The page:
Reprinted from Goodreads.com
"Because I have no answers to my questions, I tango. I tango because I have to move in the midst of these uncertainties. . . . My first steps in tango taught me about both overwhelming domination and stubborn resistance."
The main criticism with the author's style is that she does seem to enjoy her prose a little too much. However, there are few treatments of Tango that are this comprensive (in English, anyway.) She does warn the reader early on that her style may be challenging:
"For this reason I speak in bursts, splashes, and puddles, opening windows to what I have expected to be major controversial knots engendered by the justaposition of tango and decolonization."
She's not kidding - that's a very accurate description of her style. There were many moments of, "wait, weren't we just discussing something else a paragraph ago?" It leaves the reader wondering if he or she is the intended audience, of if the author is truly writing to herself and we are simply eavesdropping on the conversation.
Is it still worth reading? Absolutely. Every page. Set aside some time for it though - this is not a fast or easy read. Ms. Savigliano explores politics, class, racism, and revolution - by following the tango from Buenos Aires to Tokyo (and back). And by looking at Passion as emotional capital 'accumulated, recoded and consumed.'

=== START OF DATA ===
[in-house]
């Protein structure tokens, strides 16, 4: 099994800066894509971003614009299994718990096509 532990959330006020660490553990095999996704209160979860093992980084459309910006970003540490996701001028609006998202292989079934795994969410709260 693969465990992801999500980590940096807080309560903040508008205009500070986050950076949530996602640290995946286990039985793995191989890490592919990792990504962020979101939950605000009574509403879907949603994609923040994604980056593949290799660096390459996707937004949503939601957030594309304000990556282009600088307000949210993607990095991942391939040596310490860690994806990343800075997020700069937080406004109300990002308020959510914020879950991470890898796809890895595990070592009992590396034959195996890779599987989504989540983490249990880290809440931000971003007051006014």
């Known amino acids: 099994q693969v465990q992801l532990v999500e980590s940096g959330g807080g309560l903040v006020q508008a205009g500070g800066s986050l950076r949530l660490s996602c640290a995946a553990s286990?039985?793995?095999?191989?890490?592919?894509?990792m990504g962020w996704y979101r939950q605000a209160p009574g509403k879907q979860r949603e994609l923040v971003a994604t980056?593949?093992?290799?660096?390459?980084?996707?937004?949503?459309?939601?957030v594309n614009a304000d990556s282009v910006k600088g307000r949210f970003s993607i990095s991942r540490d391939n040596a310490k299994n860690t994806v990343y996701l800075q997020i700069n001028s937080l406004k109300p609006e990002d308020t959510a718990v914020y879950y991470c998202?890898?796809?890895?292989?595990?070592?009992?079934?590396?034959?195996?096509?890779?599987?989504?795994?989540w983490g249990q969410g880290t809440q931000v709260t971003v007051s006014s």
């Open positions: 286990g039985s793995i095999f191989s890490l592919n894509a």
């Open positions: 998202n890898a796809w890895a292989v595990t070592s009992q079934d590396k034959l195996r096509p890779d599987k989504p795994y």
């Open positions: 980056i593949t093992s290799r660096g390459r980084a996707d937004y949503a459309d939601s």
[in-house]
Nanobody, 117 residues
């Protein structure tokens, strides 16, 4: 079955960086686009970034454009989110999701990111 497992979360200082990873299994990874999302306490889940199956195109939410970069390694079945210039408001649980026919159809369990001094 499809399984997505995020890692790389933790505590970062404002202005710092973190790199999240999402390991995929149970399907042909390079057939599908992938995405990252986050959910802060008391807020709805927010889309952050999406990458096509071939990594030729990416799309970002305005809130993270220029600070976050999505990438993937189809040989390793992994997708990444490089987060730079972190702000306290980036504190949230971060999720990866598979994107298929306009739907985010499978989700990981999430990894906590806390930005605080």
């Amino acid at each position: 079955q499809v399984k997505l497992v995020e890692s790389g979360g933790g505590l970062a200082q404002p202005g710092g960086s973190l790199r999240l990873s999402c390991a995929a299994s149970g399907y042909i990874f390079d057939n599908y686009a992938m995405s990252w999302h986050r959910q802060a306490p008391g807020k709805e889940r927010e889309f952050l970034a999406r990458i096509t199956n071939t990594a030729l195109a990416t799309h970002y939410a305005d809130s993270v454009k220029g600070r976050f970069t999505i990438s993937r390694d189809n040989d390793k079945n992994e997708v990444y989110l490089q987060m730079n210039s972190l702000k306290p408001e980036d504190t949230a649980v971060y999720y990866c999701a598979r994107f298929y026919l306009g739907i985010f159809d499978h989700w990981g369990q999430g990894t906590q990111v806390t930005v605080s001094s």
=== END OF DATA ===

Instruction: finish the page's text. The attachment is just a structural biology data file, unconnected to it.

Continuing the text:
"So, pick and choose. Improvise. Hide away. Run after them. Stay still. Move at an astonishing speed. Shut up. Scream a rumor. Turn around. Go back without returning. Upside down. Let your feet do the thinking. Be comfortable in your restlessness. Tango."
If you'd like to read a preview of this book, you can find a substantial portion of the book on books.google.com
"The history of the tango is a story of encounters between those who should never have met or between those who, having met, will remain forever disencountered." While her style is certainly compelling, even lyrical, it does at times weigh down what she might actually be trying to communicate. So be prepared to re-read passages and research references that she doesn't explain in favor of wrapping those references in beautiful, if disorienting, prose.